As America’s big freeze begins to thaw, attention turns to why the US began this year with record low temperatures and winter storms. As all 50 states dropped below freezing, with polar conditions in the eastern half of the US, 50% of younger Americans are blaming climate change for the cold conditions.
Americans over 55, by contrast, are much more skeptical – 31% of those aged 18 to 34 say the winter storms were not caused by climate change, while 52% of over-55s say climate change didn’t cause the big freeze.
Attitudes to climate cahnge are not the only difference among age groups when it comes to being aware of the weather – how we access weather information also changes according to age. Younger people are much more likely to go online to check the weather, or rely on family and friends by word of mouth or social media. While around 21% of 18-34 year olds use social networking sites like Facebook and Twitter to get a weather update, just 7% of over-55s would do the same. Over-55s responded they were more likely to turn their television set on or read a newspaper to get access to the latest weather.
Television trumps all other sources as a means to informing the US public of the weather, with 65% of Americans tuning in. This is good news for the Weather Channel, which has been attaching names to winter storms for the past two years.
Half of Americans (53%) trust the weather reports they receive, while 28% of the nation only trusts what they hear half of the time, and just 4% trust weather reports completely. Younger people (6% of 18-34s) are more likely than over-34s (3% of this age group) to completely trust the weather reports they hear, see or read.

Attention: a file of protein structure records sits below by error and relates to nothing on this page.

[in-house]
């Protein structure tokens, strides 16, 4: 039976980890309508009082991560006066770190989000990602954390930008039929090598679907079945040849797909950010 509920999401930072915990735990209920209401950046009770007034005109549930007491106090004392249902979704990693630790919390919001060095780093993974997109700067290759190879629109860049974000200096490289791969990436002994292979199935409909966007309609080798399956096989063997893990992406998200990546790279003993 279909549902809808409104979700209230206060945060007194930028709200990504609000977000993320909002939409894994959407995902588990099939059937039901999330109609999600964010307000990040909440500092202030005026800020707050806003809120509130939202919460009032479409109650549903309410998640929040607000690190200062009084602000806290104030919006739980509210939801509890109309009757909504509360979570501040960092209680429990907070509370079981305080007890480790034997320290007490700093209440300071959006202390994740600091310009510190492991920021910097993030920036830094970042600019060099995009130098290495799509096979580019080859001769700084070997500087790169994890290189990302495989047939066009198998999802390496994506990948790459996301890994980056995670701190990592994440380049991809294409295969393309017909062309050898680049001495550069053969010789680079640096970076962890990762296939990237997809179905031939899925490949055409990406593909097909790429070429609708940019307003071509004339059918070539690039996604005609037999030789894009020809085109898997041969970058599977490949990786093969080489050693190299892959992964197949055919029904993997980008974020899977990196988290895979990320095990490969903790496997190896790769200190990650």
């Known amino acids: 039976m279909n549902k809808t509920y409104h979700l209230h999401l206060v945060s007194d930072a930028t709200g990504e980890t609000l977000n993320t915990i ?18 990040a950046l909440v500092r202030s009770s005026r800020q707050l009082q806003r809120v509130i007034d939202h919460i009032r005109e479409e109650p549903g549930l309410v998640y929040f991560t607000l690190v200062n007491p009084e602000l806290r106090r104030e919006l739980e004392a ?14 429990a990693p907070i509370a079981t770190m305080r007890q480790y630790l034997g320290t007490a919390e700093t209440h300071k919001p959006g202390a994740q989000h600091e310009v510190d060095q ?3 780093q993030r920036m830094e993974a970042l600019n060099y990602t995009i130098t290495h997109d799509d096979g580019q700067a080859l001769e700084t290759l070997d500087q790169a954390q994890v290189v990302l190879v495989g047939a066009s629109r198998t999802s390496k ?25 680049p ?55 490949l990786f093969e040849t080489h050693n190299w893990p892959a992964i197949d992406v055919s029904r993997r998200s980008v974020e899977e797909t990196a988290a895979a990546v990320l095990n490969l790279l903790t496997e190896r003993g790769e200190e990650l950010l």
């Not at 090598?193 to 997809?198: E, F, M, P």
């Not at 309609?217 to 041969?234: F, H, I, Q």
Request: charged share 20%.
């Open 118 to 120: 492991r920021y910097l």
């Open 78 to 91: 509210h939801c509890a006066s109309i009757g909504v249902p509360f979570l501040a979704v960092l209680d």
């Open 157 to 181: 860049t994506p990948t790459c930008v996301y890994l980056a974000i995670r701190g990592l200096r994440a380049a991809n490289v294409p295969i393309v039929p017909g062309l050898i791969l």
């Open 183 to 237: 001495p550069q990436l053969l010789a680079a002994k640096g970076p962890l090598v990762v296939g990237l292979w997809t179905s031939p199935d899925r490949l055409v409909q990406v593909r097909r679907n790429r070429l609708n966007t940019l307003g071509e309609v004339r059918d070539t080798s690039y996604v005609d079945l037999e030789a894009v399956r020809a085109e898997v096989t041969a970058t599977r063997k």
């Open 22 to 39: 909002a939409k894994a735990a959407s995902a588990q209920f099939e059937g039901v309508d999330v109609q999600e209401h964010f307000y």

The Weather Channel has been naming winter storms that fit certain criteria – with storms such as Atlas, Boreas, Cleon, Dion, Electra and Falco affecting parts of the US through 2013 and 2014. More than one in ten (12%) of Americans think the channel is wrong to name winter storms, saying this trivializes the dangers of hurricanes, which are named by the National Weather Service.
While the National Weather Service does not give names to winter storms, the Weather Channel said naming each storm makes it easier for the network to communicate information, such as by creating storm hashtags for distributing updates via Twitter. 28% of Americans agreed, saying that naming winter storms made it easier to refer to the storm. 17% of Americans said naming winter storms heightened public awareness of potentially dangerous weather conditions. The 2012 to 2013 storm – dubbed ‘Nemo’ by the Weather Channel – created more than 1bn impressions on Twitter the previous winter. The winter storm names for 2013 to 2014 were devised by students at Bozeman High School in Montana, as an assignment in Latin class, and are primarily drawn from Greek and Roman mythology.
When asked how their local area deals with snowy weather conditions, 21% of Americans said their community deals very well with the snow. 24% also thought their community dealt somewhat well with the snow. This outnumbers the 12% who believed their area deals somewhat poorly with the snow, and 11% of Americans who thought where they live deals very poorly with the snow.
Car accidents are seen as the biggest problem among Americans who believed their community is ill-equipped to deal with the snow. Sidewalks, streets and roads made dangerous by unshoveled snow has also been seen as an issue by these Americans, while people panicking and businesses closing are also polled as problems.
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